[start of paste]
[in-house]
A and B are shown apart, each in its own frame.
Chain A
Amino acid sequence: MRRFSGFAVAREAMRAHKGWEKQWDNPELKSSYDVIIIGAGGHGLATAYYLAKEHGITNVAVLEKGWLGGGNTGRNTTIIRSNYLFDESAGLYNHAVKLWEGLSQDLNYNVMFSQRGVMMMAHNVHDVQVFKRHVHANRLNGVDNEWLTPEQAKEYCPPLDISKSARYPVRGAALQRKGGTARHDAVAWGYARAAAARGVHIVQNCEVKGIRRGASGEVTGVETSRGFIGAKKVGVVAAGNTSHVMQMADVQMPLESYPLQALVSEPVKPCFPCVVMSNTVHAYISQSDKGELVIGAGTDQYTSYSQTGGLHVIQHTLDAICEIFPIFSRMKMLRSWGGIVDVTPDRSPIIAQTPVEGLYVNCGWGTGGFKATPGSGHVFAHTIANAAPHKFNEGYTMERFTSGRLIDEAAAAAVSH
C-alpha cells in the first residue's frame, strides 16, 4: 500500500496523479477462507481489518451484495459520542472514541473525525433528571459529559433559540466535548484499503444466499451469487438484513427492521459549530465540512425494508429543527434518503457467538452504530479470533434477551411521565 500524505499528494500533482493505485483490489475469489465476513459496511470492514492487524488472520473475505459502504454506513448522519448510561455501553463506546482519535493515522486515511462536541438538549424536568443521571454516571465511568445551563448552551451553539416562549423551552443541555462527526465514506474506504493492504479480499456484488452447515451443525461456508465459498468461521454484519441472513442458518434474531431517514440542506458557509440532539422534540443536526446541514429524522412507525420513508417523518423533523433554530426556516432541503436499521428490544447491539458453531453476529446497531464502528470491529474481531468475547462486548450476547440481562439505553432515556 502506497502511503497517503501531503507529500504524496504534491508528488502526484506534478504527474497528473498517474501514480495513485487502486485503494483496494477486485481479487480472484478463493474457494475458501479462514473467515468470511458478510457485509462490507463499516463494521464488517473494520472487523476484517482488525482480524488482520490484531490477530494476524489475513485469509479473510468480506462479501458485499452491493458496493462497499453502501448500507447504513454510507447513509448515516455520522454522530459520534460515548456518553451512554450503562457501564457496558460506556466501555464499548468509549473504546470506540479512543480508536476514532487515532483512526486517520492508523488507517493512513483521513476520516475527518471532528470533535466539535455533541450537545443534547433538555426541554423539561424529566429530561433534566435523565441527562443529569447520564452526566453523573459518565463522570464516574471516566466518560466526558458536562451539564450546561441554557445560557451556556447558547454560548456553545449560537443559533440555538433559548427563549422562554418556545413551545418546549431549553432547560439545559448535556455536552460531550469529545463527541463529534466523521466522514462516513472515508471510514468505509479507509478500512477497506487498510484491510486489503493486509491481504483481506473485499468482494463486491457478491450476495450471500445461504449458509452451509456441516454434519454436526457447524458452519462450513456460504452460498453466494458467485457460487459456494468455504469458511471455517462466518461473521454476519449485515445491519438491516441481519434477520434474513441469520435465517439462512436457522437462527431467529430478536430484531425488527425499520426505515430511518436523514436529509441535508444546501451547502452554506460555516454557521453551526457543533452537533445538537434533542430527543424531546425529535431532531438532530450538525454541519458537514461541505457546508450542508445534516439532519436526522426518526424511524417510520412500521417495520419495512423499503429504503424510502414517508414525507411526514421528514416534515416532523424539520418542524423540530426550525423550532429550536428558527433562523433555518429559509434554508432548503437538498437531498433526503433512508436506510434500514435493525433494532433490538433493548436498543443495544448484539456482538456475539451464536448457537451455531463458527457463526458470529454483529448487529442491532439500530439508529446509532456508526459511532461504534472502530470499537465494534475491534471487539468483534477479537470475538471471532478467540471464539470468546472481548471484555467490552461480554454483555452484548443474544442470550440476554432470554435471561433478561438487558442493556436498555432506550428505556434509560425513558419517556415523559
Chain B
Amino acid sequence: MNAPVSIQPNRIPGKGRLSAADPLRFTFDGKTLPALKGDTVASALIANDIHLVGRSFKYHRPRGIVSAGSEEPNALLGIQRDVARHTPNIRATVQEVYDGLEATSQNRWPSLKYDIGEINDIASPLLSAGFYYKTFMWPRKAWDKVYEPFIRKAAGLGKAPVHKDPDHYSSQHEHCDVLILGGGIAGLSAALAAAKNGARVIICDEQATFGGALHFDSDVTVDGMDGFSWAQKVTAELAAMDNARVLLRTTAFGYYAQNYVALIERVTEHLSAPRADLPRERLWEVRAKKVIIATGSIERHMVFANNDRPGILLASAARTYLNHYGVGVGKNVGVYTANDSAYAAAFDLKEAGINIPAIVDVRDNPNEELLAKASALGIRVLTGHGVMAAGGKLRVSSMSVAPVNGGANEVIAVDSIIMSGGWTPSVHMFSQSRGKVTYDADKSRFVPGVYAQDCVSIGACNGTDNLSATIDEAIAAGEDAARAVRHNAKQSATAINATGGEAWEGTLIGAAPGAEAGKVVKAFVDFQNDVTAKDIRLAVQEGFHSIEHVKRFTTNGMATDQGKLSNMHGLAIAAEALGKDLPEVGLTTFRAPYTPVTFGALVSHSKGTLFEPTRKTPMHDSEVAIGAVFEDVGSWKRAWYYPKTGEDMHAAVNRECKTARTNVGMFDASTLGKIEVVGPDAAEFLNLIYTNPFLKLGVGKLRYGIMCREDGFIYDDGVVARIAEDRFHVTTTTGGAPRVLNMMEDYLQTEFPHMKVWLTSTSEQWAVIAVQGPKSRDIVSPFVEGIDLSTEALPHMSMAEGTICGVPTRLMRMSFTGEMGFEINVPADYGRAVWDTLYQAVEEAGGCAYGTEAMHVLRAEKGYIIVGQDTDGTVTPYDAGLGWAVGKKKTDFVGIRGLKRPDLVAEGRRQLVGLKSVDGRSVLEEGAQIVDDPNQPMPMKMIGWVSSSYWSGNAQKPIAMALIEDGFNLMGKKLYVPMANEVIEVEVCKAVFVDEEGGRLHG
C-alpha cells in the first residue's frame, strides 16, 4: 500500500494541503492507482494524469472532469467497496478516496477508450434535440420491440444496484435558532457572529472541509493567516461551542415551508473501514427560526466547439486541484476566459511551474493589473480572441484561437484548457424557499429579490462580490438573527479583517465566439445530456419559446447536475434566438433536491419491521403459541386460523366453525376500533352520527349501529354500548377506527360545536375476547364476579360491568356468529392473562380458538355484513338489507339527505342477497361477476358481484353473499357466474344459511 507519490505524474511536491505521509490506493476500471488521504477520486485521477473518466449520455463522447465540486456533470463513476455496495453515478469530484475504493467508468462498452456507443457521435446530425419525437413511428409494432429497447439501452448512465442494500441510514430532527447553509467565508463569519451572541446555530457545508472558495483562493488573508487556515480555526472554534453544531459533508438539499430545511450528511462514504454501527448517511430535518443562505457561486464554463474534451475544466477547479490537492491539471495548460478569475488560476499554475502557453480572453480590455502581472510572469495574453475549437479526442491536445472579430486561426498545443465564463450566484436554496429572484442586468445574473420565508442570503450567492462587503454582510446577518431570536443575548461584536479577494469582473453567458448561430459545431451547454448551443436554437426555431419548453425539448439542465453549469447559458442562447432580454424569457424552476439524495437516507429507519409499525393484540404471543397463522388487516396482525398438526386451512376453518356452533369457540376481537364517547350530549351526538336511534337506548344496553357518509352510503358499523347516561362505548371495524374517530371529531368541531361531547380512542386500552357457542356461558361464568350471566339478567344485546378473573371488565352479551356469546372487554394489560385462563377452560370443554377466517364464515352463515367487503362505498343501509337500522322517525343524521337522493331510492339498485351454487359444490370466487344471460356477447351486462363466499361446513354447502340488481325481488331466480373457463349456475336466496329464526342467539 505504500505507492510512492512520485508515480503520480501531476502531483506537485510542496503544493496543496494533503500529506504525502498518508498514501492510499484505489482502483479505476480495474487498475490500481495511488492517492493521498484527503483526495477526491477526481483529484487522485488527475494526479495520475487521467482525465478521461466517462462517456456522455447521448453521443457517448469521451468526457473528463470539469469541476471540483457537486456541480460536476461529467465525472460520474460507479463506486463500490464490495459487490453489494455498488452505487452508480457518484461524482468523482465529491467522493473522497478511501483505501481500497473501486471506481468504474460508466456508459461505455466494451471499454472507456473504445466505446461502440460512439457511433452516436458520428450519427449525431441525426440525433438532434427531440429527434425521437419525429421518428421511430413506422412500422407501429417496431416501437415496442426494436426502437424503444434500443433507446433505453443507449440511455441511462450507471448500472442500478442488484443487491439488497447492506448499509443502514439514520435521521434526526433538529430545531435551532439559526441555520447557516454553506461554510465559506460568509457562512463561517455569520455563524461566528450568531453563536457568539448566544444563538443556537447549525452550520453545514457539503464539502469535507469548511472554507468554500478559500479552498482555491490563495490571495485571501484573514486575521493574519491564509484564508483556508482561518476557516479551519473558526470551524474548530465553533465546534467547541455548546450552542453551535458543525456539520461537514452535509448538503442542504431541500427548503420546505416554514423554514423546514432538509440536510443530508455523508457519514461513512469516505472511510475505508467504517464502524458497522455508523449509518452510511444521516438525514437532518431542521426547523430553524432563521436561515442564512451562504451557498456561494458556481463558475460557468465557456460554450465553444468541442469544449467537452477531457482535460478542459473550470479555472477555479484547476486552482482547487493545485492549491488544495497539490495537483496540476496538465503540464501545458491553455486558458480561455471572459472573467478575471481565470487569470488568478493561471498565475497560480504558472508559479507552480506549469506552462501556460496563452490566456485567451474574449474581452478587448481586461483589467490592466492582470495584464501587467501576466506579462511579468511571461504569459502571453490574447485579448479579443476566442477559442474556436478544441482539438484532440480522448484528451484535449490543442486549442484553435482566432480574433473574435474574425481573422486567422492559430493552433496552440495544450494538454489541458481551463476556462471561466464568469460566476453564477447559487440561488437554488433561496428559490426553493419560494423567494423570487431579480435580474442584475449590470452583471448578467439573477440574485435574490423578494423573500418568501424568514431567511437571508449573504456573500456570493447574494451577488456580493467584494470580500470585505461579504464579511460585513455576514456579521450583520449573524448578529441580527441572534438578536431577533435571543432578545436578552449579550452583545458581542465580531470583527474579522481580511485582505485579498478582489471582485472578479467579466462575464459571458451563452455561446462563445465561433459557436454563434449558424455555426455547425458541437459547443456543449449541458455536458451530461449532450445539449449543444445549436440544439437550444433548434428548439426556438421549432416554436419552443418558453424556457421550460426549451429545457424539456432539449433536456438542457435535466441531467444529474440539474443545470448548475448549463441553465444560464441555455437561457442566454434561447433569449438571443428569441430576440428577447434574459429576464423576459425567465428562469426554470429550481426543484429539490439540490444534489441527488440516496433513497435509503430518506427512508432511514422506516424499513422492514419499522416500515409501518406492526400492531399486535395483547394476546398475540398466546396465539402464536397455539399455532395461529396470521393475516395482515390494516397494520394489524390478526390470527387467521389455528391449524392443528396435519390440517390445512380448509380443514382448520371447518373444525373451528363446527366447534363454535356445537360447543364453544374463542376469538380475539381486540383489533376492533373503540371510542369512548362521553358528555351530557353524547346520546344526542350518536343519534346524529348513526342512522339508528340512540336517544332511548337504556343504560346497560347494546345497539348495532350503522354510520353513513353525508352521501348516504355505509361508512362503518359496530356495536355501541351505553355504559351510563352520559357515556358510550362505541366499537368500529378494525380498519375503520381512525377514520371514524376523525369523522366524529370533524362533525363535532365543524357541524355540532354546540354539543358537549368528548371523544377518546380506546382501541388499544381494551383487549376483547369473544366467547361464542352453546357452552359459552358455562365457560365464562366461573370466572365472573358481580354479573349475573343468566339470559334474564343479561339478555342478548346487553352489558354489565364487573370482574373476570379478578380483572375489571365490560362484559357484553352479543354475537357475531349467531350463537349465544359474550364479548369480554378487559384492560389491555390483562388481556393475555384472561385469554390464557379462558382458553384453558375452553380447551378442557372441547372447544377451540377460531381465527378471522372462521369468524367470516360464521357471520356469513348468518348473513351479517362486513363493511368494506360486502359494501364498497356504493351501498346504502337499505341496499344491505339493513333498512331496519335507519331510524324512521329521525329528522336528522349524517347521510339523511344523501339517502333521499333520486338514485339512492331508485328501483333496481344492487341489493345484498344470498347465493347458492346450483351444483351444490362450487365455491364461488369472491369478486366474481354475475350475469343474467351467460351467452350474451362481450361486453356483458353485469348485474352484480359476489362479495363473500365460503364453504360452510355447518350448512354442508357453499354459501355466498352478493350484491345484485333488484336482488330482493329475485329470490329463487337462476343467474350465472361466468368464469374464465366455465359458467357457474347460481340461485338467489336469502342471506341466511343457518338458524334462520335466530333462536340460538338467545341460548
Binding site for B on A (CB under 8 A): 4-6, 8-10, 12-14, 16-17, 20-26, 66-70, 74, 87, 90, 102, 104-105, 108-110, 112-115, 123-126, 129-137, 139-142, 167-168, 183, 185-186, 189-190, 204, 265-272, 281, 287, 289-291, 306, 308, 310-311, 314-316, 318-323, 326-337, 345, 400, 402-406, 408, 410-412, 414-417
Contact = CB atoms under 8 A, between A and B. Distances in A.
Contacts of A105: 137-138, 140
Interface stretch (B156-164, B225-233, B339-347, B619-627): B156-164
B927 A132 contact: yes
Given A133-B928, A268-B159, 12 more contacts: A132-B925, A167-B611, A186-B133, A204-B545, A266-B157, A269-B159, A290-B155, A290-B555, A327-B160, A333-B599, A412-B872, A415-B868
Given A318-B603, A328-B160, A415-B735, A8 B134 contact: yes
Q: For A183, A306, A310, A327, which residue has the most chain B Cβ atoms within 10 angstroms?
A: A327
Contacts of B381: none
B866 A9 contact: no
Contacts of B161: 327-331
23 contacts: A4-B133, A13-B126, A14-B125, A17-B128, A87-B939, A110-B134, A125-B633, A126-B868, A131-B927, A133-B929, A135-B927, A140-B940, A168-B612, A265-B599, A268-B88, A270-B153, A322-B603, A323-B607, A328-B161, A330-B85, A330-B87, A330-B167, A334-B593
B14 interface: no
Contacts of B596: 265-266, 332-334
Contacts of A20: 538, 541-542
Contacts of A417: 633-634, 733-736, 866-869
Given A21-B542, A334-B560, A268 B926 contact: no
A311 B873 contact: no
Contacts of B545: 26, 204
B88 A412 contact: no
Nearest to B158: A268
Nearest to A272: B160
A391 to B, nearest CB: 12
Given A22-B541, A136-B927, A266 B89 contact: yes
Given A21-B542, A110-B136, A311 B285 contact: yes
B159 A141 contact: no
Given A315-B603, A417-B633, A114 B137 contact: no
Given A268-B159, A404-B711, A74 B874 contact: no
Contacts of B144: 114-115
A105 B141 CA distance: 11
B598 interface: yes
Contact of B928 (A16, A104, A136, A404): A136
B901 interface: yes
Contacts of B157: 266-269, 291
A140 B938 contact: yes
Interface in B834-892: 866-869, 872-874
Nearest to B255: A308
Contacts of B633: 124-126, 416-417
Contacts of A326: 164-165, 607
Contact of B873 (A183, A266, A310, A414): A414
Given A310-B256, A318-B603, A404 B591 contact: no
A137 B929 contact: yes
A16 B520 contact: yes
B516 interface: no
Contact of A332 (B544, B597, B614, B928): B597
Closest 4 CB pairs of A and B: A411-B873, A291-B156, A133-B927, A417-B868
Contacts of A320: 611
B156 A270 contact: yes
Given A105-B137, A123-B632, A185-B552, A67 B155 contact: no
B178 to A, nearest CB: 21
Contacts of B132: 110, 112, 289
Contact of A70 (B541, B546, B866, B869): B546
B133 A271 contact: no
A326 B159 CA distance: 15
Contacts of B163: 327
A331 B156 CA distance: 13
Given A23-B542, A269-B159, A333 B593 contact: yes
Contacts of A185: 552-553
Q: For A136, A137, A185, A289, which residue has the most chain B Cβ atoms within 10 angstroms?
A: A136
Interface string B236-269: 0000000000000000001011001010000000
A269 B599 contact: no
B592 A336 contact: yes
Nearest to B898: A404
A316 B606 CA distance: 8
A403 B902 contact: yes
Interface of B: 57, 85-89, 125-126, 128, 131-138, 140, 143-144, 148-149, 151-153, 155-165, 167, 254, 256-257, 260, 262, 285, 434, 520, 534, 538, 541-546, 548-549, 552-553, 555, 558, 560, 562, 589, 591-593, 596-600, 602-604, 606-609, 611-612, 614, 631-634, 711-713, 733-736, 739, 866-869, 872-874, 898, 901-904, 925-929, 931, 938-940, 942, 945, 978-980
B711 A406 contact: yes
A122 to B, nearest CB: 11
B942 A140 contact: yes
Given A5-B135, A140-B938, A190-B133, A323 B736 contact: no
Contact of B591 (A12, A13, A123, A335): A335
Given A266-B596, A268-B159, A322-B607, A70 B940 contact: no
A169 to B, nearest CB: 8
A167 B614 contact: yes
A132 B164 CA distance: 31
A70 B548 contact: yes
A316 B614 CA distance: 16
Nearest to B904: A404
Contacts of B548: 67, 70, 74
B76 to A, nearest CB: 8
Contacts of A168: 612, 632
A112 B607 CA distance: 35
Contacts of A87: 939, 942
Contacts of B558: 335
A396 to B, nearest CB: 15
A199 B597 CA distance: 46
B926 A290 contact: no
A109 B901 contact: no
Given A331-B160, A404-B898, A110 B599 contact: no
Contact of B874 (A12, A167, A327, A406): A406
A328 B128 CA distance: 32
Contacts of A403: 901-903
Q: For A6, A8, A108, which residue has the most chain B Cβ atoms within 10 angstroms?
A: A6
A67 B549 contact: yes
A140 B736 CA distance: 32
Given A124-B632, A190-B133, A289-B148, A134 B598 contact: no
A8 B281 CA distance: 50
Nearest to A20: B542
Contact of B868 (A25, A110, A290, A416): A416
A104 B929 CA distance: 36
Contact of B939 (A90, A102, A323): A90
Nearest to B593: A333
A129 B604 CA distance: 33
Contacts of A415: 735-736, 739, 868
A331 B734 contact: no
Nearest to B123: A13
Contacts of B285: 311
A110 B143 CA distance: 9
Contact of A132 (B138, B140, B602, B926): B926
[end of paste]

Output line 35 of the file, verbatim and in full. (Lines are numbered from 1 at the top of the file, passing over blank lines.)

B159 A141 contact: no